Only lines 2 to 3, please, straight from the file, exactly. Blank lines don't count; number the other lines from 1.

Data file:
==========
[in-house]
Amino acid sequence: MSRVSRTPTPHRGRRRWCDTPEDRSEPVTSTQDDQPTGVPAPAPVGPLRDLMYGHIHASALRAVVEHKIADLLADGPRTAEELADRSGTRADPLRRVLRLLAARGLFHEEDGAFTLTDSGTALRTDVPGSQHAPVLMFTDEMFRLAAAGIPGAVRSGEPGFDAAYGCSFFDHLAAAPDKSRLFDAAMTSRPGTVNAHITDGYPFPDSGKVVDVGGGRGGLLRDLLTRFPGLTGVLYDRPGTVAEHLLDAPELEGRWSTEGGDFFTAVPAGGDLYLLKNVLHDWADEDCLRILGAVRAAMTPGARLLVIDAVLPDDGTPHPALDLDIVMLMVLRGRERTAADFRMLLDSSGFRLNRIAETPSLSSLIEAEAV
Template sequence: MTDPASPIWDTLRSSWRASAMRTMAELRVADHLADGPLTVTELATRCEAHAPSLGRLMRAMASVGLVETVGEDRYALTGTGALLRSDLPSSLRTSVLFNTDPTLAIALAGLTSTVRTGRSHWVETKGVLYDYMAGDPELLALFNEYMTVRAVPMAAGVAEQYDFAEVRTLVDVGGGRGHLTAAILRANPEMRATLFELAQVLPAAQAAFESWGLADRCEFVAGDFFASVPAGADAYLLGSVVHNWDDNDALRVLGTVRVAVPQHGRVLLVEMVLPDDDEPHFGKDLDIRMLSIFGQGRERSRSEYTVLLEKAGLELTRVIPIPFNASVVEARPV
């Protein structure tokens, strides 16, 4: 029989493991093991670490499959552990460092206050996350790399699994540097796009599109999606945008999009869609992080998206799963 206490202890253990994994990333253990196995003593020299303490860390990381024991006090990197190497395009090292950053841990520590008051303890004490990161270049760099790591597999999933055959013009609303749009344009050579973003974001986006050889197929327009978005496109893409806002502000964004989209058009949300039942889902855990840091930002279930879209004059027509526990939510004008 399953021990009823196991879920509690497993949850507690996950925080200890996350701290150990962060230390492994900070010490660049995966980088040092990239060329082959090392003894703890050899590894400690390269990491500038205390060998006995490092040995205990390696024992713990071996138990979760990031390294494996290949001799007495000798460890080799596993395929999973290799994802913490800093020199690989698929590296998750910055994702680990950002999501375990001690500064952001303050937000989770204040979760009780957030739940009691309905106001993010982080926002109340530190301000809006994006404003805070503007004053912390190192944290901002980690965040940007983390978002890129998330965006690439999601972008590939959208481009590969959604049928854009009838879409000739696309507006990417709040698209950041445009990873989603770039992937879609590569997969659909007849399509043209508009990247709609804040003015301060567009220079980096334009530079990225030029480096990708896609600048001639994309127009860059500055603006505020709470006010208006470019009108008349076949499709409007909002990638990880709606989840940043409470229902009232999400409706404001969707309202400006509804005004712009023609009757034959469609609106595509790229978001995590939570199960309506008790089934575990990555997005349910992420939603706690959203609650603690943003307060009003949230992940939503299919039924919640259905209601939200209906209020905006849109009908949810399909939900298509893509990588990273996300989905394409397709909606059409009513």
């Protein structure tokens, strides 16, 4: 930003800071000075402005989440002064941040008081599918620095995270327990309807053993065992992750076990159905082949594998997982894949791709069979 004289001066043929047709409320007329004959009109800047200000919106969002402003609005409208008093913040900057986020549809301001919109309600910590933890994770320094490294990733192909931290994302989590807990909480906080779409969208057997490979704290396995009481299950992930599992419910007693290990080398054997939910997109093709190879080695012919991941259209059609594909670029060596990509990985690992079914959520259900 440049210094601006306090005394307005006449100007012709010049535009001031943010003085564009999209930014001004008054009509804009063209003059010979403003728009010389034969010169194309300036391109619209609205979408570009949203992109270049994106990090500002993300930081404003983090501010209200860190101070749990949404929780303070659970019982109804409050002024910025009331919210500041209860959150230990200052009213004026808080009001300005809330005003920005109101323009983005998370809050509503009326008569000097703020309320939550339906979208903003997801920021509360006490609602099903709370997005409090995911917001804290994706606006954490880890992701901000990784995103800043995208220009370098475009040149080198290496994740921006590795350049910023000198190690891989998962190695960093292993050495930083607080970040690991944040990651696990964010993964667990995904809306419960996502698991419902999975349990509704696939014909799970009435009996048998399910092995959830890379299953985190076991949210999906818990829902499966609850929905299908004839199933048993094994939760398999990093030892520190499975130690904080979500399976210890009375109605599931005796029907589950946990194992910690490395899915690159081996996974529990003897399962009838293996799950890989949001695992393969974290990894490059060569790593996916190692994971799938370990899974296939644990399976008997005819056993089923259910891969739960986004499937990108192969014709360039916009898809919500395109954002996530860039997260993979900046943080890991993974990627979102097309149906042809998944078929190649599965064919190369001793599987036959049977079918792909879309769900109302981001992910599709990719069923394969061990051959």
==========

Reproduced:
Amino acid sequence: MSRVSRTPTPHRGRRRWCDTPEDRSEPVTSTQDDQPTGVPAPAPVGPLRDLMYGHIHASALRAVVEHKIADLLADGPRTAEELADRSGTRADPLRRVLRLLAARGLFHEEDGAFTLTDSGTALRTDVPGSQHAPVLMFTDEMFRLAAAGIPGAVRSGEPGFDAAYGCSFFDHLAAAPDKSRLFDAAMTSRPGTVNAHITDGYPFPDSGKVVDVGGGRGGLLRDLLTRFPGLTGVLYDRPGTVAEHLLDAPELEGRWSTEGGDFFTAVPAGGDLYLLKNVLHDWADEDCLRILGAVRAAMTPGARLLVIDAVLPDDGTPHPALDLDIVMLMVLRGRERTAADFRMLLDSSGFRLNRIAETPSLSSLIEAEAV
Template sequence: MTDPASPIWDTLRSSWRASAMRTMAELRVADHLADGPLTVTELATRCEAHAPSLGRLMRAMASVGLVETVGEDRYALTGTGALLRSDLPSSLRTSVLFNTDPTLAIALAGLTSTVRTGRSHWVETKGVLYDYMAGDPELLALFNEYMTVRAVPMAAGVAEQYDFAEVRTLVDVGGGRGHLTAAILRANPEMRATLFELAQVLPAAQAAFESWGLADRCEFVAGDFFASVPAGADAYLLGSVVHNWDDNDALRVLGTVRVAVPQHGRVLLVEMVLPDDDEPHFGKDLDIRMLSIFGQGRERSRSEYTVLLEKAGLELTRVIPIPFNASVVEARPV